Here is a post by Thomas Newkirk an English professor at UNH called Reading is not a race: The virtues of the ‘slow reading’ movement where he talks about slowing down the pace of reading and a few other traditional reading practices that are often lacking in educational settings today. His new book is called The Art of Slow Reading: Six Time-Honored Practices for Engagement. He starts off by alluding to the Dibels tests that seem a standard reading test in many elementary schools:
Go to just about any elementary school in this country and you will see teachers with stopwatches assessing “nonsense word fluency.” When I first heard the term, I though someone was pulling my leg. Fluency in reading, I had always thought, was about meaning, about understanding. It had nothing to do with nonsense.
But children are tested regularly in 60-second bursts on meaningless letter combinations — often pushed to go faster than one per second. Fluency equates to speed. I understand the importance of decoding skill, and I’m sure that some kids — the sprinters — might like this form of racing. But I wonder what image of reading we are passing on, and how the stragglers feel.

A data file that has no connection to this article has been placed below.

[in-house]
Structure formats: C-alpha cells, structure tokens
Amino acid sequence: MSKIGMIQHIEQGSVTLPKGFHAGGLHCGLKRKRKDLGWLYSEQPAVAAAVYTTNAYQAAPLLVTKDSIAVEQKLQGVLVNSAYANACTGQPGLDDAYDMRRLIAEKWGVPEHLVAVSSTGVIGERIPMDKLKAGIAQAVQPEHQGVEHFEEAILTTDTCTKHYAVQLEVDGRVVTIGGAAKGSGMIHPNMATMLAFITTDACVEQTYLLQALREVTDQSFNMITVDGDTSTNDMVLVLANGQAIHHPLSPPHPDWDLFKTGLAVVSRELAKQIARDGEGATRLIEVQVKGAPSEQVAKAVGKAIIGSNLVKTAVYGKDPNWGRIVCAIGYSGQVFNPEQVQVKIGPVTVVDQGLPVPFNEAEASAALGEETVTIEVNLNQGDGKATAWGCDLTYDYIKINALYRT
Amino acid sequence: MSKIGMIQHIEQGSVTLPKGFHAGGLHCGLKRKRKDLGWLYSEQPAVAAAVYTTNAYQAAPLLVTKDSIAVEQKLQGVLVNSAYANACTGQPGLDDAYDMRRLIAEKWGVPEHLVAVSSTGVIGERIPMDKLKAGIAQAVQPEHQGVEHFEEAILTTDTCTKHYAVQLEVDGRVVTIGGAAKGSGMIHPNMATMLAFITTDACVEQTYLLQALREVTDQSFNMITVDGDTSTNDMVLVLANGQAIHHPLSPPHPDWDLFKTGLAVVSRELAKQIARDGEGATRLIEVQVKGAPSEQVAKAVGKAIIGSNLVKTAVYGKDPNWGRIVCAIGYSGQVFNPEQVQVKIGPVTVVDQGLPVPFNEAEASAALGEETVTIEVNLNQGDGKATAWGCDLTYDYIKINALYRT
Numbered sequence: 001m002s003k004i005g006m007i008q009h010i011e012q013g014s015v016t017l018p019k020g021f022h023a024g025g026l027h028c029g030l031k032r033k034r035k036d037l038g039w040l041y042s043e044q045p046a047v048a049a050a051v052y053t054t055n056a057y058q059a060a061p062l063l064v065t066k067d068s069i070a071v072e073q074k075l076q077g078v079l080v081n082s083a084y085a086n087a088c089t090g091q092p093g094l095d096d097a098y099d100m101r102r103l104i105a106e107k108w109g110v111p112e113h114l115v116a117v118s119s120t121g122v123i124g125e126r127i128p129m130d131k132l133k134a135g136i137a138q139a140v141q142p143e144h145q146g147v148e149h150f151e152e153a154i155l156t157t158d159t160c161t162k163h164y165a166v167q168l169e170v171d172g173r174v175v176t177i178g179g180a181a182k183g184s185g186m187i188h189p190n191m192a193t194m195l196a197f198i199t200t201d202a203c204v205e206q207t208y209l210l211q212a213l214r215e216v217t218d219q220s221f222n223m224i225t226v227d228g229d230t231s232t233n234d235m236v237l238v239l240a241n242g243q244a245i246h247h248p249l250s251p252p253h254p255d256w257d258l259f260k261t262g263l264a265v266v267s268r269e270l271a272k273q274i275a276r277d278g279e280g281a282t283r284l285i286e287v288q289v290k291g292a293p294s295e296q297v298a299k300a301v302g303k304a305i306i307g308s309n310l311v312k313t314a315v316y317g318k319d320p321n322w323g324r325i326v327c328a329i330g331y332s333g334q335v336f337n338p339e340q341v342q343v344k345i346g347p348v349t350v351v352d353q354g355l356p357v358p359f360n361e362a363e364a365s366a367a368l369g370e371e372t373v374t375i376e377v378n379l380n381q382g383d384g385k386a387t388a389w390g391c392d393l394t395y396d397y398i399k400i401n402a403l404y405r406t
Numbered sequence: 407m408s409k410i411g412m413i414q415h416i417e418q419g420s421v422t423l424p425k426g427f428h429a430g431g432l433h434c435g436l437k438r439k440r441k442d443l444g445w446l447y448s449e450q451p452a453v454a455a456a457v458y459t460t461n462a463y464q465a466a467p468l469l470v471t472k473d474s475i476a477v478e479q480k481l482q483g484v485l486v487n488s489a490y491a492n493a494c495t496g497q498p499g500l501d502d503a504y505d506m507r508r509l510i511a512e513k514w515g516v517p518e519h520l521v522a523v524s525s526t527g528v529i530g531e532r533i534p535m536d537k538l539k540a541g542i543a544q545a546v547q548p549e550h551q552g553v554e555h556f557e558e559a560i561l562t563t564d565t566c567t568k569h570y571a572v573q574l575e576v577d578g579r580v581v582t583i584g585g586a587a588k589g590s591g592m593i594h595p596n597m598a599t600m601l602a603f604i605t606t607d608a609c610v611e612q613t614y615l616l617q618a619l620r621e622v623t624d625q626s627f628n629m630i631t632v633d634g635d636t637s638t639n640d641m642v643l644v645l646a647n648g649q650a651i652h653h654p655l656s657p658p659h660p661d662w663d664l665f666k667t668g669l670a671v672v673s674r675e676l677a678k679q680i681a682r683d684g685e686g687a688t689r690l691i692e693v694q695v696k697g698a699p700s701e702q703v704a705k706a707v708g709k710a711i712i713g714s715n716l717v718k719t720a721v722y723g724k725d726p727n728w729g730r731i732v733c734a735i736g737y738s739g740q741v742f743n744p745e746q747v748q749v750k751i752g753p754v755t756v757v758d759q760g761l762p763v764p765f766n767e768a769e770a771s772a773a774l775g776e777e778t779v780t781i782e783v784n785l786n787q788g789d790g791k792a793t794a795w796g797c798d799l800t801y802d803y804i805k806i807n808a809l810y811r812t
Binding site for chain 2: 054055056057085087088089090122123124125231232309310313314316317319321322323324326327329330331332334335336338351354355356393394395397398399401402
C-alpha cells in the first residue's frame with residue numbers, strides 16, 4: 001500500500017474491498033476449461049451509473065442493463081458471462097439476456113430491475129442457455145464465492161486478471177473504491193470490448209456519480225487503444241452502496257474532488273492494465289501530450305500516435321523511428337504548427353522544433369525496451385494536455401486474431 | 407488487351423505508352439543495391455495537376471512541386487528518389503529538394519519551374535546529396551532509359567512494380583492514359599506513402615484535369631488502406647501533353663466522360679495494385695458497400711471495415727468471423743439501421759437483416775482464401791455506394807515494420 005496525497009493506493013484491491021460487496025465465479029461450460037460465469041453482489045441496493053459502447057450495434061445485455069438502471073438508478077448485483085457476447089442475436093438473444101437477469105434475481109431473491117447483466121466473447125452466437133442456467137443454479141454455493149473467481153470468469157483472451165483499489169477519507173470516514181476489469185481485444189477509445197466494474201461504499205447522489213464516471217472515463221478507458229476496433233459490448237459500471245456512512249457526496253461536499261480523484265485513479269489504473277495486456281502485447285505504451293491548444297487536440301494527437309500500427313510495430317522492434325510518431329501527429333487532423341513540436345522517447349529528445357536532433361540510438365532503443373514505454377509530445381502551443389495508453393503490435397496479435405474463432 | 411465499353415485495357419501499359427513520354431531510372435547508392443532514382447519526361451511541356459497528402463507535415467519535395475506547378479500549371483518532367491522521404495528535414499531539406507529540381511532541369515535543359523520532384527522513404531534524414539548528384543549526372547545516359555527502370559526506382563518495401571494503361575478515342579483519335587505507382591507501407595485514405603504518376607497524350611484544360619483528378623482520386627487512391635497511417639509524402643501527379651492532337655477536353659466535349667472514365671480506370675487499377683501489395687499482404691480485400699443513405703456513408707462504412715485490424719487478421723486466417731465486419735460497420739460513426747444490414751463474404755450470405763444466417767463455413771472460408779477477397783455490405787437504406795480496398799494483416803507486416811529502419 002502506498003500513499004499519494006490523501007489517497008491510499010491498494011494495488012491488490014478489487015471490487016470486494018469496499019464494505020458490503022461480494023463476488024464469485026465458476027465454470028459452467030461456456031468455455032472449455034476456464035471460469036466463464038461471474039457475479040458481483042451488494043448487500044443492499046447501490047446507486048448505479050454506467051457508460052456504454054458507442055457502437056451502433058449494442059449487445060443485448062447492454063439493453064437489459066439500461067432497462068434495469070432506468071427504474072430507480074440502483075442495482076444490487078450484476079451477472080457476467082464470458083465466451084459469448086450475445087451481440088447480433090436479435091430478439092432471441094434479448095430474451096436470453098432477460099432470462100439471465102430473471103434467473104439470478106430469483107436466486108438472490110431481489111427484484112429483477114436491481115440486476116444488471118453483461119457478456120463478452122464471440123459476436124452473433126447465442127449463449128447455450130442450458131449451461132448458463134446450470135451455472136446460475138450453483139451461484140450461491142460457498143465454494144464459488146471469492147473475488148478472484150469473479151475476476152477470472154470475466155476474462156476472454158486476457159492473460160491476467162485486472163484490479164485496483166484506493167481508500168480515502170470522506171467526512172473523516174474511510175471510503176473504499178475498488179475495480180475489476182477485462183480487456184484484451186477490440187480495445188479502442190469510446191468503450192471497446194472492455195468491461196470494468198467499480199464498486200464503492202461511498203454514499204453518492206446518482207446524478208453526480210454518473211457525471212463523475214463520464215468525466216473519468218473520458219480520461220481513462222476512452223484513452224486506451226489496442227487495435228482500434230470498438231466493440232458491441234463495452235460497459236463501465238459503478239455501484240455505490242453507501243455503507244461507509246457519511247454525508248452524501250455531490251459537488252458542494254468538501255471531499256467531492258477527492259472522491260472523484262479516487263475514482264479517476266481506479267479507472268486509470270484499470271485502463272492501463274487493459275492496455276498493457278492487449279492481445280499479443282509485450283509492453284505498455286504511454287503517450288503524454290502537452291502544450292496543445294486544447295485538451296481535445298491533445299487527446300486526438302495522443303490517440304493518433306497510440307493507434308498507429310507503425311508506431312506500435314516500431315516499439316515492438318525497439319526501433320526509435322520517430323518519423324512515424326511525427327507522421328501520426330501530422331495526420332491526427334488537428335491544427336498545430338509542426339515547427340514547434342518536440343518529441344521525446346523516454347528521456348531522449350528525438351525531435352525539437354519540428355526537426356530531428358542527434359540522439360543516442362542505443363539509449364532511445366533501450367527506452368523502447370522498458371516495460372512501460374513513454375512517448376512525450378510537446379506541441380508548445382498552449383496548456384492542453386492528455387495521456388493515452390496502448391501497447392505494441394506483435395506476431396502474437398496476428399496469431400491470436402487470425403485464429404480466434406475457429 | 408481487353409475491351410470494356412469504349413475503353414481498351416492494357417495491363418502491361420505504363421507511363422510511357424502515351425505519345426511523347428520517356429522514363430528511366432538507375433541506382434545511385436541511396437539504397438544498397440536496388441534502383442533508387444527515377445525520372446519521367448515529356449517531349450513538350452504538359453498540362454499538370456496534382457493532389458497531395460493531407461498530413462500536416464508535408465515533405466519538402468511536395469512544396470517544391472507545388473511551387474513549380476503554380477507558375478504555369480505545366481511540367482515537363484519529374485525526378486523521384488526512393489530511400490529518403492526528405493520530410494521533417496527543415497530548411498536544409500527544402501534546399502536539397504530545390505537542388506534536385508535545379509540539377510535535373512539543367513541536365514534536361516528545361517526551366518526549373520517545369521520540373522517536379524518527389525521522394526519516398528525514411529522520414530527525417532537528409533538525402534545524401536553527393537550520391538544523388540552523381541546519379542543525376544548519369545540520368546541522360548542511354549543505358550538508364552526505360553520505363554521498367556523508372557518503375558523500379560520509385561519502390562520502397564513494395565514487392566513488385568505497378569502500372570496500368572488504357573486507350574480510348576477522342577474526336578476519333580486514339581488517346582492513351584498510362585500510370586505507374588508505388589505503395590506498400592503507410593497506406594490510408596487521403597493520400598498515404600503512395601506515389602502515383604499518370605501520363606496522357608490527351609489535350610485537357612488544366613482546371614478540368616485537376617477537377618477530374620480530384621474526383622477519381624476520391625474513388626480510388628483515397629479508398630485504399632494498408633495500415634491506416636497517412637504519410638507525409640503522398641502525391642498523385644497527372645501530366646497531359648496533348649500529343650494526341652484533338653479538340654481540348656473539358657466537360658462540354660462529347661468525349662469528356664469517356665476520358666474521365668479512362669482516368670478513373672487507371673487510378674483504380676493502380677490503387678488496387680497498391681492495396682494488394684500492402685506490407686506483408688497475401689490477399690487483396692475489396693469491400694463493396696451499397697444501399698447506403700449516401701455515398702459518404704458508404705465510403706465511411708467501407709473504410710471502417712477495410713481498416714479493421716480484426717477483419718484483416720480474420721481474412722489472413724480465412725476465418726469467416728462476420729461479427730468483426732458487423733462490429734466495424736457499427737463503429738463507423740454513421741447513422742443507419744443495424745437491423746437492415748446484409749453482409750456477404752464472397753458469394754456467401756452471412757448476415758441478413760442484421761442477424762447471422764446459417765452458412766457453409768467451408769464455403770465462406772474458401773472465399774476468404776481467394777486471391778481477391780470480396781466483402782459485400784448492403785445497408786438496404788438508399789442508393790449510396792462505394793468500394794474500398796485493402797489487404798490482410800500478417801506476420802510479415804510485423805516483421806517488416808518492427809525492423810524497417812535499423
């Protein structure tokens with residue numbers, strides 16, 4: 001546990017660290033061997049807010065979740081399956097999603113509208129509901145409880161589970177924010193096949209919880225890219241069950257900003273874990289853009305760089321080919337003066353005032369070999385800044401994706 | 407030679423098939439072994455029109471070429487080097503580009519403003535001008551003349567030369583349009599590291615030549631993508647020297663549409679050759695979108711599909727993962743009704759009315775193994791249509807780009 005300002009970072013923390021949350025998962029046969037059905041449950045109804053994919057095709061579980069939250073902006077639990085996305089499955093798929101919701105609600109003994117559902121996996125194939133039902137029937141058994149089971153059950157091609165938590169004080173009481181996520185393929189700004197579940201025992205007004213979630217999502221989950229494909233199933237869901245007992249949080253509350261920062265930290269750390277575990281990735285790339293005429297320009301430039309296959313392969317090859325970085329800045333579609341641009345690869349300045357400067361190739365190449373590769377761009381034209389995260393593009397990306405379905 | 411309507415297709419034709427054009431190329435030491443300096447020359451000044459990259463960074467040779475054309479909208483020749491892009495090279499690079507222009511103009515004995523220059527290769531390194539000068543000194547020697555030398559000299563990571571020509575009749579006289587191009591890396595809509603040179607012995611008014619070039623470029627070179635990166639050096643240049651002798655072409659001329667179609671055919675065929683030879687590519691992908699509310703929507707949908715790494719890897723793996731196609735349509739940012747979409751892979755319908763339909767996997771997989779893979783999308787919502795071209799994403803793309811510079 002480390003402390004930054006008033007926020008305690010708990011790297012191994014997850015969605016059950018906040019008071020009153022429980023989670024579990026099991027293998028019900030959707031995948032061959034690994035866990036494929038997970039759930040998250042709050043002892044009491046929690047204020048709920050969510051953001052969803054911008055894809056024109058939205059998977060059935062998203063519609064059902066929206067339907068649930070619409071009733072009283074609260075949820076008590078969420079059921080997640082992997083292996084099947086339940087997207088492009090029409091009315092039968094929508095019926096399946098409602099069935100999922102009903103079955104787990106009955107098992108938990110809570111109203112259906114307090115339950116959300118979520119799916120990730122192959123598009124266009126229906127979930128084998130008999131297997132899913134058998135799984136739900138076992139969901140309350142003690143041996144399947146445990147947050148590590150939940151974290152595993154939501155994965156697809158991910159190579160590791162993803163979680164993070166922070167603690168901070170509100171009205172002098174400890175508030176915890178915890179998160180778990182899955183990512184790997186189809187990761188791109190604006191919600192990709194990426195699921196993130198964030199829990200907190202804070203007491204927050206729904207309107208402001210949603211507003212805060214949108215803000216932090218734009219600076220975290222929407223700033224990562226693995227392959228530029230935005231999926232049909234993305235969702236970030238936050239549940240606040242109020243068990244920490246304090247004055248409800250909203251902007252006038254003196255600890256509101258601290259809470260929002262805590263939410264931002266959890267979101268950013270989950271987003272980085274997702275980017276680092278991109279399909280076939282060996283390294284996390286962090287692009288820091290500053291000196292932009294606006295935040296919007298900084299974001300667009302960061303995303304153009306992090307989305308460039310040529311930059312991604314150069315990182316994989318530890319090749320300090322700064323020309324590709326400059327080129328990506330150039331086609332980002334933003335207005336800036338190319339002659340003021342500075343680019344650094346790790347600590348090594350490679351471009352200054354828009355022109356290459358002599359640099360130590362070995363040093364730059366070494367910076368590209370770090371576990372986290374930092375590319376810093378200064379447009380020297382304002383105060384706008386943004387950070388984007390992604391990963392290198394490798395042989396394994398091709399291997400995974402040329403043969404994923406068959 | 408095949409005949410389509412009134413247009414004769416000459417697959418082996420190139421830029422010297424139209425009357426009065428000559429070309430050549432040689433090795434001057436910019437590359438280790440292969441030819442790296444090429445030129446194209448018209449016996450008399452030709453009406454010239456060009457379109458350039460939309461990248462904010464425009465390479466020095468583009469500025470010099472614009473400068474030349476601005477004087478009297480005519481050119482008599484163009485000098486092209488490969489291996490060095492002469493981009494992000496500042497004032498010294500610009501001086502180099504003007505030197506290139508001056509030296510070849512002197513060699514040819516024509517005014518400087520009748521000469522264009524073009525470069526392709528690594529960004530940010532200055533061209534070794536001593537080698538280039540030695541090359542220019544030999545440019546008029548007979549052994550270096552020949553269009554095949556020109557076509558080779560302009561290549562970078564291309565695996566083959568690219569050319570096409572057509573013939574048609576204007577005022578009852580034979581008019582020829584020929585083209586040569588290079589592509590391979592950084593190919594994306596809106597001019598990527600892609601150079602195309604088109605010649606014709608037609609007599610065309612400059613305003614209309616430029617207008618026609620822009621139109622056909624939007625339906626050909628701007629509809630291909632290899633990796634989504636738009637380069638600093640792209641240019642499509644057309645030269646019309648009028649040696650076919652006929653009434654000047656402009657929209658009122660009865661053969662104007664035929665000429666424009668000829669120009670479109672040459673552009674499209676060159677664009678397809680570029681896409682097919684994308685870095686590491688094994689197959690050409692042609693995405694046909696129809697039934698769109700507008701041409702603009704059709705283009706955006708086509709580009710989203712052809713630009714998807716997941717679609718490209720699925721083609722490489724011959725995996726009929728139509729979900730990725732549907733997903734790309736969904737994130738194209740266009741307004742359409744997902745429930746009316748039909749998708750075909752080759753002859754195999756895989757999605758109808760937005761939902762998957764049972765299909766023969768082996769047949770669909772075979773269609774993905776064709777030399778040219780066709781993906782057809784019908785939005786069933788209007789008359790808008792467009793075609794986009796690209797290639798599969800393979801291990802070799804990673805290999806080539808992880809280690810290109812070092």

What is slow reading?
Slow reading is also about recovering old practices that have traditionally aided readers in paying attention — oral performance, annotation, exploring complex and difficult passages. It is about reading that generates ideas for writing, what Ralph Waldo Emerson called “creative reading.” And even memorization.
Why slow reading?
By slowing down, by refusing to see reading as a form of consumption or efficient productivity, we can attend to word meanings and sound, building a bridge to the oral traditions that writing arose out of. We can hold passages in memory, we can come to the view that good texts are inexhaustible. And by being patient and deliberate, we can tackle difficult texts.
The goal of reading instruction should not be to rush this process, not to put students on the clock, but to say in every way possible — “This is not a race. Take your time. Pay attention. Touch the words and tell me how they touch you”
I suppose you could just call it something like "thoughtful" reading!